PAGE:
Clicking to agree to terms of service was part of a straightforward product registration process. But on April 27 this year the U.S. Supreme Court issued a ruling in Concepcion v. AT&T Corp. that broadened the validity of arbitration clauses and class action waivers.
Those weren’t the only hurdles Sony erected, Fineman says.
This notice cannot be given online through Sony’s websites, by email or by telephone, Fineman claims.
He adds: “In order to discourage users from invoking the arbitration clause, defendants included language that made it difficult for users to recover their attorney’s fees. Even if a user prevails in arbitration against any defendant or other Sony entity, if the claim is less than $75,000, a user can only recover his or her attorney’s fees if he or she has first provided notice to, and negotiated in good faith with, the defendant before pursuing arbitration.”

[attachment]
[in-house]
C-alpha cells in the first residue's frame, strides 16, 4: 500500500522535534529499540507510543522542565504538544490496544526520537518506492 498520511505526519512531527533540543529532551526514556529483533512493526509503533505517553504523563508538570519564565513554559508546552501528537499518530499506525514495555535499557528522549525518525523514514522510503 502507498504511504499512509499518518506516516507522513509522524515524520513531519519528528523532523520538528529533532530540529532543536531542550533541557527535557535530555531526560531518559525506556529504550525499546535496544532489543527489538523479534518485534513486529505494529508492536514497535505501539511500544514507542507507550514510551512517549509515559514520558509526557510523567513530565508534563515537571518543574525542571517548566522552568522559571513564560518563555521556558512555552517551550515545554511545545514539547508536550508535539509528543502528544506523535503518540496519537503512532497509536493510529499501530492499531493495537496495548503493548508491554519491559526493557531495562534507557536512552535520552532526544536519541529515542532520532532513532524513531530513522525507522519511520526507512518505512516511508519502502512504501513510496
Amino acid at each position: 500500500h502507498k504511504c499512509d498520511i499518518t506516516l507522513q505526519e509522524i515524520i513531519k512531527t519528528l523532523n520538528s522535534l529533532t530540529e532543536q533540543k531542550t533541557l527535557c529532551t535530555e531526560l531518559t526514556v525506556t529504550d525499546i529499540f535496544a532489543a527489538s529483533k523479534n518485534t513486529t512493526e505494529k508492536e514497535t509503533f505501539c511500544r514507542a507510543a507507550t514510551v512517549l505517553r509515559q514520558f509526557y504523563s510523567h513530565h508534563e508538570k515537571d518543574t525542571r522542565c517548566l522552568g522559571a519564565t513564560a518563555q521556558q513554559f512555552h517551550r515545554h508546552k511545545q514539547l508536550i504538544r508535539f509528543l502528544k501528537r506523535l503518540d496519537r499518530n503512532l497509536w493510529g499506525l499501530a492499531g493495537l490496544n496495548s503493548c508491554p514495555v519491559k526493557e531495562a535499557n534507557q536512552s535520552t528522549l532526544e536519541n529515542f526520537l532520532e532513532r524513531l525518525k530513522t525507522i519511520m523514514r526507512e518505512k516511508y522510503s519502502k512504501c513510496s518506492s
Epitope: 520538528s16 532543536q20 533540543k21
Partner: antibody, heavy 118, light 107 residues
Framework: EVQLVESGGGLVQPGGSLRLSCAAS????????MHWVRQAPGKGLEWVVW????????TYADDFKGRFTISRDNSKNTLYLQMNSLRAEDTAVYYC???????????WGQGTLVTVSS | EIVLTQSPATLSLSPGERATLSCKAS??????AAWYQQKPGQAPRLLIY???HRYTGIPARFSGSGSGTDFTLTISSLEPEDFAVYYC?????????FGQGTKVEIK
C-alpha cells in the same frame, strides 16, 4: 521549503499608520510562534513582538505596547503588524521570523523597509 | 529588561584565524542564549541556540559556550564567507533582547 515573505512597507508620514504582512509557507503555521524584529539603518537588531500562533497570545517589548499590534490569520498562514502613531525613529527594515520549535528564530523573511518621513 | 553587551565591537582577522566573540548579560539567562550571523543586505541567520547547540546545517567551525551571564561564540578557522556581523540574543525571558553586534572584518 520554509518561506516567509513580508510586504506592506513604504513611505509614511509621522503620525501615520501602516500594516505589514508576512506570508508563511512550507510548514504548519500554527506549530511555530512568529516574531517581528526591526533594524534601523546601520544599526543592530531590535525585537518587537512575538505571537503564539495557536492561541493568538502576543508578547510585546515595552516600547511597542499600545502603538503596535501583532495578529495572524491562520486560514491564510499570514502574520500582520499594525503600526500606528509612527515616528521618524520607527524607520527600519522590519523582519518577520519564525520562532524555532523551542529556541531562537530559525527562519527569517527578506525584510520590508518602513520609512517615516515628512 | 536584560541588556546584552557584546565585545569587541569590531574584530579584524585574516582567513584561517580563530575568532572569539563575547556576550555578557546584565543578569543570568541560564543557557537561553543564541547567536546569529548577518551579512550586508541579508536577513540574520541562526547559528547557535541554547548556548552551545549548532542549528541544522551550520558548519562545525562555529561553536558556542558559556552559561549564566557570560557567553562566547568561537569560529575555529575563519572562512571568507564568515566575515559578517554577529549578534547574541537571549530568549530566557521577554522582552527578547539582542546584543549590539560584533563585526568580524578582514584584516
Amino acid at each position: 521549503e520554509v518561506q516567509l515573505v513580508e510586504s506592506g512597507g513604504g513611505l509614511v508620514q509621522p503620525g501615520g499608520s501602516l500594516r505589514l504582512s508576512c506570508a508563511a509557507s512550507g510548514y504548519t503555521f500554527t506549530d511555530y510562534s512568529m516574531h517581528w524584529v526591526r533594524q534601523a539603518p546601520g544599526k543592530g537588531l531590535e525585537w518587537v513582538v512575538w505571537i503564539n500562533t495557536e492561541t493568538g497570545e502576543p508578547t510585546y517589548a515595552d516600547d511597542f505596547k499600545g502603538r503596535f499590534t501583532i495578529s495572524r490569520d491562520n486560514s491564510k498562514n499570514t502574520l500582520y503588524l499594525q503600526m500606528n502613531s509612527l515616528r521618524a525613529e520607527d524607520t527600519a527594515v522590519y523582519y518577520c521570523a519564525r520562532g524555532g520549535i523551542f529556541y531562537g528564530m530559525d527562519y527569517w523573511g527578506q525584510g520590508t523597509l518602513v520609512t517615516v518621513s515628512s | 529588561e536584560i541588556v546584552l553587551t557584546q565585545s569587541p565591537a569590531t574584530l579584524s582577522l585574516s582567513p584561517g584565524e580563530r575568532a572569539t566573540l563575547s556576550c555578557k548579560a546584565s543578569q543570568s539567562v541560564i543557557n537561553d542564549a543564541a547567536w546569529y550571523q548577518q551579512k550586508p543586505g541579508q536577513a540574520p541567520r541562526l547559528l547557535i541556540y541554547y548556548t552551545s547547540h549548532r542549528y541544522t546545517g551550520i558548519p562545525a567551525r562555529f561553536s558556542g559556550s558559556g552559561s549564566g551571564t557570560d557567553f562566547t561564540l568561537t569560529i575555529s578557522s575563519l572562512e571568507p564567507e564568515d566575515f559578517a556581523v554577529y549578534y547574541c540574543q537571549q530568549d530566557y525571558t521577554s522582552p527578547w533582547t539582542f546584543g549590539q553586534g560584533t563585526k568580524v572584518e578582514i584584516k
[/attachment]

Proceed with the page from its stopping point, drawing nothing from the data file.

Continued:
Fineman seeks restitution, declaratory judgment, an injunction, costs and damages for breach of faith and fair dealing, and unfair competition.
He is represented by Jeffrey Berns with Berns Weiss of Woodland Hills.